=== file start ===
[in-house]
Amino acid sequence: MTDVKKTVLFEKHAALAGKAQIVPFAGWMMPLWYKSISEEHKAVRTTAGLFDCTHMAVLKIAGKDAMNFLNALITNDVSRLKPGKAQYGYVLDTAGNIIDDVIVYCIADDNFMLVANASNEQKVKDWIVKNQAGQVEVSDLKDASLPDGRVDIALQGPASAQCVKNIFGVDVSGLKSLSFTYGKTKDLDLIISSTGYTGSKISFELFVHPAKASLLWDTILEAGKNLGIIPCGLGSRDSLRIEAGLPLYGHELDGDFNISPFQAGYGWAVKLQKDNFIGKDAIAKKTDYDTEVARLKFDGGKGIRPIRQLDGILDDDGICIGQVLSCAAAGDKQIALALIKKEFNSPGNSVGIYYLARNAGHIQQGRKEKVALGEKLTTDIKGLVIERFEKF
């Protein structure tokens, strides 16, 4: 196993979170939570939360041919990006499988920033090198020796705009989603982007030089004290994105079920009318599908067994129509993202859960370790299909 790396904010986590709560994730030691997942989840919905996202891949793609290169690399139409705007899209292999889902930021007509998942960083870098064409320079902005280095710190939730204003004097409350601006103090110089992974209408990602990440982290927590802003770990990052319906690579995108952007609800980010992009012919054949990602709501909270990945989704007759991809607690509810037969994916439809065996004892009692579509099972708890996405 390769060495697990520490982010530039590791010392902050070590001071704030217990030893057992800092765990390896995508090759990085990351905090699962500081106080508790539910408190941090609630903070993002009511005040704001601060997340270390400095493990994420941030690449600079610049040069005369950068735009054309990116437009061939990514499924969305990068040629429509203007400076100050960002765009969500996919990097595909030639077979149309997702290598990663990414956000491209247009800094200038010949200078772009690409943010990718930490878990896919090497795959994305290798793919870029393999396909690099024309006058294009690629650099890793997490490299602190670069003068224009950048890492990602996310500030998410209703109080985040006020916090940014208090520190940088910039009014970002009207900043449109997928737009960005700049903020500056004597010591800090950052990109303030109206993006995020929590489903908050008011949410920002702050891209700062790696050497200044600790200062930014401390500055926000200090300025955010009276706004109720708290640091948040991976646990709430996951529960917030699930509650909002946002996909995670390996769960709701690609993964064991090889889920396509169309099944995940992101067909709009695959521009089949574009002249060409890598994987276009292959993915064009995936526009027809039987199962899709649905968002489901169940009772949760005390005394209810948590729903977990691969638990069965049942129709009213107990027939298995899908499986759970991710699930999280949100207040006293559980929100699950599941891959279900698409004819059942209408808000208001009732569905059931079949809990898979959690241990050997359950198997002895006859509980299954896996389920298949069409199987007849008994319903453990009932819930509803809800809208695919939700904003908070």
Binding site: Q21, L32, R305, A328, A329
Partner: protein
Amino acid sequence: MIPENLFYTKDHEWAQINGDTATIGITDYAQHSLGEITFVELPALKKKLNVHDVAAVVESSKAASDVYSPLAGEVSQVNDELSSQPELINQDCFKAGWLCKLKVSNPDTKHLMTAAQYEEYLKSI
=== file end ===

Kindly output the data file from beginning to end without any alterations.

[in-house]
Amino acid sequence: MTDVKKTVLFEKHAALAGKAQIVPFAGWMMPLWYKSISEEHKAVRTTAGLFDCTHMAVLKIAGKDAMNFLNALITNDVSRLKPGKAQYGYVLDTAGNIIDDVIVYCIADDNFMLVANASNEQKVKDWIVKNQAGQVEVSDLKDASLPDGRVDIALQGPASAQCVKNIFGVDVSGLKSLSFTYGKTKDLDLIISSTGYTGSKISFELFVHPAKASLLWDTILEAGKNLGIIPCGLGSRDSLRIEAGLPLYGHELDGDFNISPFQAGYGWAVKLQKDNFIGKDAIAKKTDYDTEVARLKFDGGKGIRPIRQLDGILDDDGICIGQVLSCAAAGDKQIALALIKKEFNSPGNSVGIYYLARNAGHIQQGRKEKVALGEKLTTDIKGLVIERFEKF
């Protein structure tokens, strides 16, 4: 196993979170939570939360041919990006499988920033090198020796705009989603982007030089004290994105079920009318599908067994129509993202859960370790299909 790396904010986590709560994730030691997942989840919905996202891949793609290169690399139409705007899209292999889902930021007509998942960083870098064409320079902005280095710190939730204003004097409350601006103090110089992974209408990602990440982290927590802003770990990052319906690579995108952007609800980010992009012919054949990602709501909270990945989704007759991809607690509810037969994916439809065996004892009692579509099972708890996405 390769060495697990520490982010530039590791010392902050070590001071704030217990030893057992800092765990390896995508090759990085990351905090699962500081106080508790539910408190941090609630903070993002009511005040704001601060997340270390400095493990994420941030690449600079610049040069005369950068735009054309990116437009061939990514499924969305990068040629429509203007400076100050960002765009969500996919990097595909030639077979149309997702290598990663990414956000491209247009800094200038010949200078772009690409943010990718930490878990896919090497795959994305290798793919870029393999396909690099024309006058294009690629650099890793997490490299602190670069003068224009950048890492990602996310500030998410209703109080985040006020916090940014208090520190940088910039009014970002009207900043449109997928737009960005700049903020500056004597010591800090950052990109303030109206993006995020929590489903908050008011949410920002702050891209700062790696050497200044600790200062930014401390500055926000200090300025955010009276706004109720708290640091948040991976646990709430996951529960917030699930509650909002946002996909995670390996769960709701690609993964064991090889889920396509169309099944995940992101067909709009695959521009089949574009002249060409890598994987276009292959993915064009995936526009027809039987199962899709649905968002489901169940009772949760005390005394209810948590729903977990691969638990069965049942129709009213107990027939298995899908499986759970991710699930999280949100207040006293559980929100699950599941891959279900698409004819059942209408808000208001009732569905059931079949809990898979959690241990050997359950198997002895006859509980299954896996389920298949069409199987007849008994319903453990009932819930509803809800809208695919939700904003908070």
Binding site: Q21, L32, R305, A328, A329
Partner: protein
Amino acid sequence: MIPENLFYTKDHEWAQINGDTATIGITDYAQHSLGEITFVELPALKKKLNVHDVAAVVESSKAASDVYSPLAGEVSQVNDELSSQPELINQDCFKAGWLCKLKVSNPDTKHLMTAAQYEEYLKSI